Shows company/industry perspective, for example promotes the position of the business in relation to market and competition, keeps up to date with industry and market advancement, commercially aware


Section 3: Additional Knowledge and Skills

In addition to the core knowledge, skills and behaviours, Food and Drink Engineers will demonstrate specialist additional knowledge and skills from either the mechanical or electrical options. All apprentices must complete the core plus one of the options.


Mechanical Food and Drink Engineers have the following knowledge and understanding:


Mechanical design, mechanical analysis (static) performance of components, mechanisms and systems; study of friction wear; the science of interacting surfaces in relative motion (tribology)


Laws of thermodynamics and its applications within a hygienic food and drink environment: the fundamentals of heat transfer, thermo-fluid analysis, entropy, energy efficiency; conservation and sustainability


Steam fundamentals such as fuel types, combustion, feedwater, boiler controls and instrumentation, operation of boilers, safety and legal requirements and boiler efficiency


Heat recovery systems and energy management including the requirements of efficient best practice



Mechanical Food and Drink Engineers will demonstrate the following skills and can:


Design, produce, and operate mechanical machinery


Design power circuits, utilising software and calculation


Apply specialist reliability engineering techniques to prevent or reduce the likelihood or frequency of failures i.e. vibration analysis, oil sampling, heat mapping, non-destructive testing


Apply thermodynamic theory to more complex engineering systems, for example tempering chocolate, cleaning systems, sterilisation, vacuum cooling


Design and improve systems, for example steam, water or air



Electrical Food and Drink Engineers have the following knowledge and understanding:


Electrical and electronic systems, design techniques and their applications to British Standards


Installation of systems and supply systems following food safety standards e.g. tray work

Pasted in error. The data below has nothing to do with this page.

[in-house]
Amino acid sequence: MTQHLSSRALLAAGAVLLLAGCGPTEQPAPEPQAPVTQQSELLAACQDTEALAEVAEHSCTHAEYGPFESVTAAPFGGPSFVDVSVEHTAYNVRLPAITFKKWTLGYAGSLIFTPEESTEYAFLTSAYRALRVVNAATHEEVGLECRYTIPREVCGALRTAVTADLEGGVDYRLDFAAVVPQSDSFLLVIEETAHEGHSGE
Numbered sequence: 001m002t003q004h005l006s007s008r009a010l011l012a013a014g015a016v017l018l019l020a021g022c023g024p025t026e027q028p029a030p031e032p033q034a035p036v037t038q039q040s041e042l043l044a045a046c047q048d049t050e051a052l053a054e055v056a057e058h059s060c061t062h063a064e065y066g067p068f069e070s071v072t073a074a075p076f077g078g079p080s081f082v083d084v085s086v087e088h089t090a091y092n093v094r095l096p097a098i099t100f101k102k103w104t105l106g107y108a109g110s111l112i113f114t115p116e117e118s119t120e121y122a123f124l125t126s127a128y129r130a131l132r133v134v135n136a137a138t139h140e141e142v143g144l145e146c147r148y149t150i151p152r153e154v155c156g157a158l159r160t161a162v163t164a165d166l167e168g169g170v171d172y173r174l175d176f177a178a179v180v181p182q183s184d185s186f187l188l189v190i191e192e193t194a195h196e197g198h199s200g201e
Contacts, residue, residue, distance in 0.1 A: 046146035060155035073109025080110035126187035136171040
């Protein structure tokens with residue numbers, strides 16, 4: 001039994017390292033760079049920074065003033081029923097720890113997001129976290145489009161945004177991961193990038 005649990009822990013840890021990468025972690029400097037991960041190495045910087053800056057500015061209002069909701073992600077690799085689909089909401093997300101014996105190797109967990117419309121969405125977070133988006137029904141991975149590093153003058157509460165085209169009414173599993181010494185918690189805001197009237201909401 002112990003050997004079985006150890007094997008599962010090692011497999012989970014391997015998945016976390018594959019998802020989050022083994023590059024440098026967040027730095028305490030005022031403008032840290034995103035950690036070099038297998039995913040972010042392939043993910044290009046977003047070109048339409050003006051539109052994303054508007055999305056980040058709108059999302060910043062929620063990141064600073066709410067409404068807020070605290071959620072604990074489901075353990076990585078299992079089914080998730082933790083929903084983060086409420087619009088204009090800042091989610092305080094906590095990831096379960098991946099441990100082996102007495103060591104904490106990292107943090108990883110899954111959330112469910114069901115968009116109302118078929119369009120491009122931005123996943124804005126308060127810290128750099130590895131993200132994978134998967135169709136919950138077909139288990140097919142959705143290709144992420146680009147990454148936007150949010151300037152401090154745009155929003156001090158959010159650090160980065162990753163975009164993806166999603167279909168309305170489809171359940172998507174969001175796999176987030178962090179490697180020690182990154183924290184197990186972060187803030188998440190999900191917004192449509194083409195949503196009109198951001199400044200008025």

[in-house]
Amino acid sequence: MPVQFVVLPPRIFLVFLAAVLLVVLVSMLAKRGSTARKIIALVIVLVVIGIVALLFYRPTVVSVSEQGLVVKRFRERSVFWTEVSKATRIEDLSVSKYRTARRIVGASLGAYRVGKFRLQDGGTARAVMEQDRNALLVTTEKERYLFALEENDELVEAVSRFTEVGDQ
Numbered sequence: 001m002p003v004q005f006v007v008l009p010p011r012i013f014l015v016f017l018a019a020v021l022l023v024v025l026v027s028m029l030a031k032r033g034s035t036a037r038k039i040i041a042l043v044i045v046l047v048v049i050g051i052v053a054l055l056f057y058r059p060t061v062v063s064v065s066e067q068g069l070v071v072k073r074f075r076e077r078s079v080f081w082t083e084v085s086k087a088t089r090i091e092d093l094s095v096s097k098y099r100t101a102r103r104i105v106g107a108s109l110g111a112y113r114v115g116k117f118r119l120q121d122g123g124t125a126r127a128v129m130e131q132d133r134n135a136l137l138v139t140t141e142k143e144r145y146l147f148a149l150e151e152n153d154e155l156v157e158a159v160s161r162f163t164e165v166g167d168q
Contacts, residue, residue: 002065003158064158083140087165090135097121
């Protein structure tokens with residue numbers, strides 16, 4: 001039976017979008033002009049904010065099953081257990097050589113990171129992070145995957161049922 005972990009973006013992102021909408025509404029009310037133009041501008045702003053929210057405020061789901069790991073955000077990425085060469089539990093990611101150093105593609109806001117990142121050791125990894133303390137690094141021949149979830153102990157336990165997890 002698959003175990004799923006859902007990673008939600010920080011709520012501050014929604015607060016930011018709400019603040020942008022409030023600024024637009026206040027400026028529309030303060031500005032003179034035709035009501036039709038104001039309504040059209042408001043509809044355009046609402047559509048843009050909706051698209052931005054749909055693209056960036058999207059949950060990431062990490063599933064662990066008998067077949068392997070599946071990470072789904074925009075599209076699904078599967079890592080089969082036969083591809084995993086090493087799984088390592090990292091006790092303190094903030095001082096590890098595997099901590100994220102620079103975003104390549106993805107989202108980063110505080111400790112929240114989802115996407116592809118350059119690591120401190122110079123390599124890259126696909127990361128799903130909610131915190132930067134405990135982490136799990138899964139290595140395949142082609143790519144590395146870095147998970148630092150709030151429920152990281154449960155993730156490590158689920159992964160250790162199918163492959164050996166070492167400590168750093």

Advanced electrical principles (low voltage (LV) to high voltage (HV))


Instrumentation and calibration techniques for systems, for example thermo, weights and flow


Automation and control systems primarily with the following low voltage systems, i.e. building automation systems, heating, ventilation and air conditioning (HVAC) controls, access control systems, data cabling and fiber optic cable installation and termination


Supervisory control and data acquisition (SCADA) and network systems


Electrical safety systems and smart solutions



Electrical Food and Drink Engineers will demonstrate the following skills, and can:


Design and configure electrical systems i.e. add distribution boards to circuits


Modell dynamic systems utilising software tools


Design and modify electrical control engineering systems i.e.: Engineering LAN/ network


Diagnose faults on complex control systems


Decipher complex programme sequences in higher and lower level languages

Section 4: Additional Information


Typically 3-years

Typical Entry  Requirements

Individual employers will set their own entry requirements in terms of prior academic qualifications and vocational experience. Typically candidates will have 2 A-levels at Grade B or equivalent, including A-level in maths or equivalent and at least one further STEM based subject and 5 GCSEs including English and maths (grade C or above). The Apprenticeship as a Food and Drink Maintenance Engineer provides a preparation route for this Apprenticeship.



English and Maths

Apprentices must achieve level 2 English and maths prior to taking end-point assessment. For those with an education, health and care plan or a legacy statement the apprenticeships English and maths minimum requirement is Entry Level 3. British Sign Language qualification is an alternative to English qualifications for those whom this is their primary language.


Foundation Degree  in Food Engineering


This apprenticeship standard will be reviewed after 2 years

Professional Recognition

Completion of the apprenticeship is designed to be recognised by the relevant professional institutions as contributing towards the appropriate level of professional registration (Incorporated Engineer). However, it is recognised that additional experiential evidence may be required.